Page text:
How to effectively negotiate your fee

It can feel a little daunting to be faced with your first fee negotiation. The prospect of entering what can seem like a bargaining process might be intimidating, and you might initially feel uncomfortable negotiating on your own behalf. We’d like to show you that negotiating your fee is actually not that difficult – once you’ve done a certain amount of preparation and research – and can actually feel empowering, even fun.

There are plenty of different ways to negotiate, but two of the most important factors in achieving your goals are good preparation and making sure you stay true to your natural style of communicating.

Here our guidelines for successful deal-making

Do your research

This is the most important part of the process. When agreeing a fee with an orchestra, festival or venue, no matter how important they are, what counts is gathering information, before you start the negotiation process. Having key information means being better placed to achieve the results you want. It means knowing your fee level, knowing what others who are in a position similar to yourself have received, and knowing what your employer is prepared to pay.

Questions to ask yourself:

  • What fee do I deserve, based on my experience and skills? Be realistic. Don’t undersell or oversell yourself, but research to find out what someone with your level of experience can expect to receive. This means asking around.
  • What have others in a comparable position to my own received? If you can’t find anyone to compare yourself with, what have others, perhaps with more experience, received? Again, this means using your network to source information. Don’t be afraid to ask questions, and think creatively about who you could ask.
  • If you find yourself in the position of having to make a fee suggestion, start with a realistic figure, based on your research, then add on a little — you will have to come down a bit in the negotiation process anyway. If you have to make concessions, make sure you agree to them by securing other gains, like travel and accommodation.

Find your own style

Don’t change your communication style just because you are in a negotiation process. Be yourself — this will make you flexible and you’ll achieve better results. As you become a bet-ter negotiator, your personal negotiation tone and style will become increasingly clear, and you will feel more and more comfortable with it.

Don’t feel pressurised into conforming to the other party’s negotiation style. Stick to your own way of communicating, listen carefully to the other party to pick up information about their priorities, and keep asking questions.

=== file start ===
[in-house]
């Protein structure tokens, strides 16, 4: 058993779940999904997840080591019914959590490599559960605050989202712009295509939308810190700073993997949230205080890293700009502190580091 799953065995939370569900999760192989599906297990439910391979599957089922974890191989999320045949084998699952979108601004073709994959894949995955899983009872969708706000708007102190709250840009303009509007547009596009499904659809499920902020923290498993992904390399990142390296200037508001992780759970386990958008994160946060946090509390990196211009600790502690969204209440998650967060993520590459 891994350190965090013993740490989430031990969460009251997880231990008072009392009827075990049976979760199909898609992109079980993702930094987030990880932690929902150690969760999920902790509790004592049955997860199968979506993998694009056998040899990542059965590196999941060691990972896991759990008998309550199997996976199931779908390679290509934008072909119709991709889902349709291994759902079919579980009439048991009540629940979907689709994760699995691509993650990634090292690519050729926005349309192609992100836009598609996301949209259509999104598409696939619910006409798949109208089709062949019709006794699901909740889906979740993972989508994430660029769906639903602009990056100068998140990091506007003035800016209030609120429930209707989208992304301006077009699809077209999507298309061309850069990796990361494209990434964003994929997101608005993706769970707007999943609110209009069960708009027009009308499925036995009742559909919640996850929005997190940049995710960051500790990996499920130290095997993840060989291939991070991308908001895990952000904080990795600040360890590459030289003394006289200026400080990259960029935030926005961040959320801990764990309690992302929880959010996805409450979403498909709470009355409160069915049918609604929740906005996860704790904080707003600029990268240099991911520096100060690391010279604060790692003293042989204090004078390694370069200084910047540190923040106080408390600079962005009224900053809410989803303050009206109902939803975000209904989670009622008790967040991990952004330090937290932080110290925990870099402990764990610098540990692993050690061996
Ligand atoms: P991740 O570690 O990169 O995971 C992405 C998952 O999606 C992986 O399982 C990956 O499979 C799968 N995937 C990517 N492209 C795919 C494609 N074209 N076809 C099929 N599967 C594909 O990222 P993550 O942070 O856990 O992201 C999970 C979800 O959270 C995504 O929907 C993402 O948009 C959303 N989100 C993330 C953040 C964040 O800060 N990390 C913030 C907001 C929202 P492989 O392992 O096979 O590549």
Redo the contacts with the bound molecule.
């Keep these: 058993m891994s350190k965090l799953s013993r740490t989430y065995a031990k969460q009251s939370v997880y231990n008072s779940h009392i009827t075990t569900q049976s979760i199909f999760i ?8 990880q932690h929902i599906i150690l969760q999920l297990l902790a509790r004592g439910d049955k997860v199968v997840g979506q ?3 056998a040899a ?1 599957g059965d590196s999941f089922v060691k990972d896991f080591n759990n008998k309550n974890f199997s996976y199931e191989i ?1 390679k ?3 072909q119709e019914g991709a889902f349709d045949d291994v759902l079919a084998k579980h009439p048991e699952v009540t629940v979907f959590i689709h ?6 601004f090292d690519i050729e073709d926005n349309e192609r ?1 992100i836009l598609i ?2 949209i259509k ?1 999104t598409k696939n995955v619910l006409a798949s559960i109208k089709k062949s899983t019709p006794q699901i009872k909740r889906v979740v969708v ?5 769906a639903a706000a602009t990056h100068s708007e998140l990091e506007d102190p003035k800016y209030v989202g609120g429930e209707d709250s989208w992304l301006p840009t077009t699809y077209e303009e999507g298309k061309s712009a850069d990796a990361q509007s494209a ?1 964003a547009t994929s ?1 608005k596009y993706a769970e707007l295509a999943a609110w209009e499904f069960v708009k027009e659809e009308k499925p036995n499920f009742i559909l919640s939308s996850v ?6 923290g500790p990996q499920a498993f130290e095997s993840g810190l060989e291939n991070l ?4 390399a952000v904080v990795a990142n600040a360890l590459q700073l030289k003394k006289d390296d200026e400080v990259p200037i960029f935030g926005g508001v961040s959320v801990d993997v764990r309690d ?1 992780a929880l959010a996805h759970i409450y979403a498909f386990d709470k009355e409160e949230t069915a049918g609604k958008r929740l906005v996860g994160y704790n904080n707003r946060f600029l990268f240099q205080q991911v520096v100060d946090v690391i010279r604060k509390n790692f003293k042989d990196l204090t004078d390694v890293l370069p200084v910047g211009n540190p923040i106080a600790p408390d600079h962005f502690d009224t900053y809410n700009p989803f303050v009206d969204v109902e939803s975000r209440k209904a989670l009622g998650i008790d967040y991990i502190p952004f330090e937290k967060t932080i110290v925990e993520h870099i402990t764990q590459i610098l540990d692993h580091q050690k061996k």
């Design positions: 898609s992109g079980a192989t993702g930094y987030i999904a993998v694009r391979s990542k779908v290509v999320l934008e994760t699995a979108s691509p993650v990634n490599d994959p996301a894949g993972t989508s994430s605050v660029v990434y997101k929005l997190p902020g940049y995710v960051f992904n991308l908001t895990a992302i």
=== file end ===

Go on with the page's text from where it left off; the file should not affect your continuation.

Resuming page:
Know what your bottom line is

The single most important factor in the fee negotiation process is getting hold of information. The more information you can gather about the different fee structures in your in-dustry, the better placed you will be to get the fee you deserve. Information-gathering can feel like a chore, but it’s really worth doing. Whenever you acquire new information, write it down for future reference.

Once you have enough information, you will be able to judge what the lowest offer is that you are prepared to accept. This is called knowing your own bottom line. Have this figure in your mind throughout the negotiation process from the very beginning – once you’ve made it clear to yourself how far you’re prepared to go, it will be easier for you to negotiate natu-rally and take risks.

Would you like to know more about this topic?

LEAD!, working in close collaboration with Music Mentor, offer workshops on negotiation, tailored especially to the classical music industry. They are led by industry professionals who have many years of concrete experience in the field, and who have been on every side of the negotiation table, as agents and as top administrators of orchestras and other cultural institutions. In the spirit of information-sharing, we are keen to share our knowledge and every aspect of our experience with you. Click here to find out where our next project will be.

Don’t have the time to commit to a whole project?

You can choose to be an individual client, set up a single session with us, or select an advice package especially tailored to your specific needs. We have discounts for students and artists who are just starting out. Click here to see which package is the best one for you.

Have a specific question?

If you have a specific question about negotiating your fee as a freelance musician or conductor, get in touch with us for a free 15-minute session. Click here to see how to contact us.

Leave a Reply

Your email address will not be published. Required fields are marked *